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The Entrepreneurs Growth Journey





The Strategic Role of Customer Requirements in Innovation










































Resources for the Journey


Successful entrepreneurs and business owners steer their business ventures through four key growth stages – the start-up , then emerging stage; the rapid growth market penetration stage and then onto the ‘next level’ for re-invention, internationalisation and new growth paths.

All the time they focus their businesses on stage-specific goals to be achieved, they deploy stage-specific strategies to achieve those goals and they overcome obstacles, barriers and changes that threaten to undermine the venture.



Anthony W. Ulwick identified three distinct types of information that must be captured from customers to measure performance. They are the "jobs" customers are trying to get done when using a product or service; the "outcomes" they are trying to achieve when performing these jobs in a variety of circumstances and the "constraints" that stand in the way of them adopting or using a new product or service. Jobs, outcomes and constraints are critical inputs to the innovation process because they represent the three primary avenues in which managers are able to achieve growth: (1) by helping customers perform ancillary jobs or new jobs that could not be performed before, (2) by helping customers better perform a specific job, or (3) by helping customers overcome the roadblocks that stand in the way of them performing a specific job altogether. For example, a cell phone manufacturer can achieve growth by enabling users to perform ancillary jobs such as obtaining driving directions and playing games; by better satisfying outcomes such as minimizing the time it takes to power up the device or preventing the likelihood of errors while dialing and by overcoming constraints to use, such as the inability to use the cell phone in certain buildings and in moving vehicles without the fear of the call being dropped.



The question “Is there a market for your new product?” is a key marketing question for any start up venture or new product development team in an existing business. The answer- and ultimately the decision to launch the new venture and new product- will depend crucially on the information and evidence gathered and analysed across the ‘5Cs’ marketing interrogation: namely-

Customer needs – what target customers and their valuable needs do we seek to satisfy or exceed?

Company skills – what special competence do we possess to meet those needs in a unique, sustaining way?

Competition offerings– who competes with us in meeting those needs and where do we have a sustainable, competitive advantage over their offerings?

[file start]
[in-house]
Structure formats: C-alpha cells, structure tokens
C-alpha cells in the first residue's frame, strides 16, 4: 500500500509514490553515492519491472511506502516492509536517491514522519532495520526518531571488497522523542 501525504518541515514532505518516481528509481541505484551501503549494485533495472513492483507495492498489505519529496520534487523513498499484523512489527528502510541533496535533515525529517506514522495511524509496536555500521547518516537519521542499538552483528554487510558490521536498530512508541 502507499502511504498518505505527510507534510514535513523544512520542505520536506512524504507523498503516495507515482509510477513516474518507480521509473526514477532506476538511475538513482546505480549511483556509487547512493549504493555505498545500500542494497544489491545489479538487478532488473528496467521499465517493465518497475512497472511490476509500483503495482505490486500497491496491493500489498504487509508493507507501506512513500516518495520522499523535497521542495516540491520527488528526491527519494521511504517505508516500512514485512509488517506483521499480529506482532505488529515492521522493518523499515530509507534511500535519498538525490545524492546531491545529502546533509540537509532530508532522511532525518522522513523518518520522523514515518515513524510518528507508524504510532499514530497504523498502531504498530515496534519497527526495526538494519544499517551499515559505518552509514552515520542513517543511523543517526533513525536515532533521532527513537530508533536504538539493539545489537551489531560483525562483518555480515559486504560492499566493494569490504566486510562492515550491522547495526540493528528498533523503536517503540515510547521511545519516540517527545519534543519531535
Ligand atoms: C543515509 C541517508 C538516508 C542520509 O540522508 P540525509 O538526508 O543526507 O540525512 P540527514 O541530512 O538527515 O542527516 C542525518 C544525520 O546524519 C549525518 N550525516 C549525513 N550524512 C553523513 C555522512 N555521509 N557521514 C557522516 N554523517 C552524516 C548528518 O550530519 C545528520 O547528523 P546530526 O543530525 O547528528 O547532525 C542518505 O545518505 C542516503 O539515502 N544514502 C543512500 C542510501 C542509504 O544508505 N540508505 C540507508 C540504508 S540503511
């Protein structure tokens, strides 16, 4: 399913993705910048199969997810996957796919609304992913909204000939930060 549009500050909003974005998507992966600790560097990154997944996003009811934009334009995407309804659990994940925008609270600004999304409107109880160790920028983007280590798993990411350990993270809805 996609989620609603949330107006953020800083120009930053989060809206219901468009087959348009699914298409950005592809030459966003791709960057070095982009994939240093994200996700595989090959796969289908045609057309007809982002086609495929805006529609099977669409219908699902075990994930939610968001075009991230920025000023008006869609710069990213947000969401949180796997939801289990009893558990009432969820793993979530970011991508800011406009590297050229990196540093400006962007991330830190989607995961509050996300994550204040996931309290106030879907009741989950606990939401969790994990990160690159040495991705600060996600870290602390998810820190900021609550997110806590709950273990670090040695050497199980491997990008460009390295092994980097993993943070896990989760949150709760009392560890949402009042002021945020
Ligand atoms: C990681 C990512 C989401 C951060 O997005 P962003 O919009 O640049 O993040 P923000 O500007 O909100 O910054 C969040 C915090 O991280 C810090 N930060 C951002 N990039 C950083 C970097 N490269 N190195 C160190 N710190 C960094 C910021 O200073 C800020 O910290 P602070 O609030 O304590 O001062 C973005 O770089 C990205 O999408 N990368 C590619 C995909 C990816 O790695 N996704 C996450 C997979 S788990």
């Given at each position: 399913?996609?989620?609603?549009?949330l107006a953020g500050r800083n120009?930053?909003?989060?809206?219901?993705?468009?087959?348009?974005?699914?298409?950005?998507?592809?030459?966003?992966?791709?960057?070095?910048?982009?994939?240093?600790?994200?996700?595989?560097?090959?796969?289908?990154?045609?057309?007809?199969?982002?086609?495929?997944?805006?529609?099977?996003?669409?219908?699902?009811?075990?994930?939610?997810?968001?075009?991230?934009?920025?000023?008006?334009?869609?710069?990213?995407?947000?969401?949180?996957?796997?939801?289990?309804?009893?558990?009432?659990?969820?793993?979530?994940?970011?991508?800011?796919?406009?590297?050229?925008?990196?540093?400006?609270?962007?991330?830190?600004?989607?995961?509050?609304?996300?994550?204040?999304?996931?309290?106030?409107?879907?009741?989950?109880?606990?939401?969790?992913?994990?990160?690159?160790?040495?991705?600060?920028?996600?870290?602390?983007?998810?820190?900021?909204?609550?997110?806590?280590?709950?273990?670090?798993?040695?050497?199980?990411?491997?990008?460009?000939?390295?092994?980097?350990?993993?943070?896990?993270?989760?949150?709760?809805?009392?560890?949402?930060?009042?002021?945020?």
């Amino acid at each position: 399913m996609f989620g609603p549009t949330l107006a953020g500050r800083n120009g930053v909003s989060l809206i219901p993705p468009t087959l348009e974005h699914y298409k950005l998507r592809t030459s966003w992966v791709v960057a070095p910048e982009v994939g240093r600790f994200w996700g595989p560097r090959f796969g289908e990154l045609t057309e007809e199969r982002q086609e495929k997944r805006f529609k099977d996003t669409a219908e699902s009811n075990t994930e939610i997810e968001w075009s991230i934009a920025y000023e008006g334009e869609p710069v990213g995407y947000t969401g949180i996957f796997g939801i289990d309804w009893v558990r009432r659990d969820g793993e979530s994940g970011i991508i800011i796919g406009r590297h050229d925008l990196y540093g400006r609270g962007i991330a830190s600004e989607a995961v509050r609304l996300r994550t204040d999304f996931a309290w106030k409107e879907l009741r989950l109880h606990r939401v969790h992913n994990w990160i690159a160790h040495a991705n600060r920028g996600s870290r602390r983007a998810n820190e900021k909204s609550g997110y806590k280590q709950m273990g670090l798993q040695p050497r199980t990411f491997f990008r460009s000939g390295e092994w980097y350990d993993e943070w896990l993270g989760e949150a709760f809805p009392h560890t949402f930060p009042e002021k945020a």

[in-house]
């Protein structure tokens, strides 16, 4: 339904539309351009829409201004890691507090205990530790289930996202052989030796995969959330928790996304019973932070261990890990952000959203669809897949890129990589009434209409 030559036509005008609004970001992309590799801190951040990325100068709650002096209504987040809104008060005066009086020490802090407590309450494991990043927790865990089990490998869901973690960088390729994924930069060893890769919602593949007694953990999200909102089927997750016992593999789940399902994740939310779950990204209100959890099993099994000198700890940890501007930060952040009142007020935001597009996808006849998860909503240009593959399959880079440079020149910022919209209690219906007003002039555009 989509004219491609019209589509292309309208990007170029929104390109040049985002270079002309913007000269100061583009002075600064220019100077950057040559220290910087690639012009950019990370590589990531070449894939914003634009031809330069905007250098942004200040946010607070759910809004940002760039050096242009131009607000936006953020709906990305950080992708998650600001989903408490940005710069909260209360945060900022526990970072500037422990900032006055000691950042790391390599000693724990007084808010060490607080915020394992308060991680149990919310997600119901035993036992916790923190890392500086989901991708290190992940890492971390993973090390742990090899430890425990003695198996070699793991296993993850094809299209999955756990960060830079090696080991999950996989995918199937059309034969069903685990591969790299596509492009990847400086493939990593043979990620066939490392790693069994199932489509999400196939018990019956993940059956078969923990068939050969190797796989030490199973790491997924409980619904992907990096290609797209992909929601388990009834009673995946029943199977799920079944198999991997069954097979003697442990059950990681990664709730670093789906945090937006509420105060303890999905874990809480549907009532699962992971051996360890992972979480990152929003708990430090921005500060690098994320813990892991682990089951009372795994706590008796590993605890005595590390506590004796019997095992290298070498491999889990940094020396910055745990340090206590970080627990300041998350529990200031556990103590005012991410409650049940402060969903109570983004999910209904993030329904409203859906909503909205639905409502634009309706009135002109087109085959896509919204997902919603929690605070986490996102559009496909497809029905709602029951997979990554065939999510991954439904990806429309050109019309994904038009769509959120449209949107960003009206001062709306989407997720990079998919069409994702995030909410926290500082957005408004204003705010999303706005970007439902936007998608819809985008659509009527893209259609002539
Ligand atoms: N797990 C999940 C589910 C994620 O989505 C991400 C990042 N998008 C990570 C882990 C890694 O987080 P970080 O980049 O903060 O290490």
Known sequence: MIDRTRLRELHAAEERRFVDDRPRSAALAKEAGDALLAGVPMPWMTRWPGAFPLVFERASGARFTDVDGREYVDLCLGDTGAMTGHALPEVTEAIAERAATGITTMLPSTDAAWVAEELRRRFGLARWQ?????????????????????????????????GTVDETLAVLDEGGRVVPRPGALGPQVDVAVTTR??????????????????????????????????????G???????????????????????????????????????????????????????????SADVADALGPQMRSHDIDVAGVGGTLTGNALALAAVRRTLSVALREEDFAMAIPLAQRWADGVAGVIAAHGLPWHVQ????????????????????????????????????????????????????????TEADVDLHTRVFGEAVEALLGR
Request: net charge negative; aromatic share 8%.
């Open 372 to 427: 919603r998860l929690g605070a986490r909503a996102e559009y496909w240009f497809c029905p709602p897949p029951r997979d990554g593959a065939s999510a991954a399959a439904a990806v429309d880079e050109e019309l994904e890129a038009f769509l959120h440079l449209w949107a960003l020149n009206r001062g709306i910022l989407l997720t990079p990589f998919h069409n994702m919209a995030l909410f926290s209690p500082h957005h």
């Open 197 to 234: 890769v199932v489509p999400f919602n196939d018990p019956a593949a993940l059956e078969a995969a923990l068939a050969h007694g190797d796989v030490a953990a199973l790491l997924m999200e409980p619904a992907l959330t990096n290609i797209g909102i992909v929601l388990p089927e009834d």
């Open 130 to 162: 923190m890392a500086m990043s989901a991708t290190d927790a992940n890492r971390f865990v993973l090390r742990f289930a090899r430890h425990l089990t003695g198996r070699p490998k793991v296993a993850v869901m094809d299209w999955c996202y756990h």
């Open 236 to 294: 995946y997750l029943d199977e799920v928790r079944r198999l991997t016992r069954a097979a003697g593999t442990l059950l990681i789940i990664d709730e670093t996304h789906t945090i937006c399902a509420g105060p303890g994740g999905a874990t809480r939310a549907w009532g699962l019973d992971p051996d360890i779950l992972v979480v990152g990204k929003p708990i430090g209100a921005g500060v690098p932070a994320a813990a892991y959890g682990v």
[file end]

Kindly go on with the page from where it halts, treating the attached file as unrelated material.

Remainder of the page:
Collaborators – who should we enlist to help us reach and deliver our offering to the target customer and how do we involve and motivate them?

Context – what is the current industry set up and situation and what political, economic, social and technological factors limit or enhance what is possible?

The Market Research & Validation Seven Step Process will therefore use the 5Cs marketing interrogation; first, by collecting information that is already available internally in the venture (or already known to the entrepreneur or start up team) and externally about the industry and market in which it will operate. This is called ‘Secondary Market Research’.

Next and in the light of all the available information collected and analysed in Secondary Market Research; the original ‘new product concept’ is revised and put into ‘Primary Market Research’ in the target market and amongst target customers to ascertain their ‘qualitative’ perceptions and attitudes to the new product concept and also to ascertain the markets ‘quantitative’: belief in, purchasing interest in and pricing expectations for the new product.

Finally, and arising out of the Primary Market Research information that is collected and analysed you now have your market validated new product or service , with its offer , features and benefits tested with all stakeholders in the marketplace and you have the data/ evidence to support investment, production and go-to-market decisions


For the purposes of simplifying an emerging, evolving and increasingly important part to a venture’s marketing strategy and programs; we’ll look at web marketing in three sequential steps:

• First you have start with the right Web Site for your business.

•Then you need to take account of Search Engine Optimisation

• And finally you must select the Online Marketing Strategies and Tools




Dedicated marketing for the Entrepreneurs Journey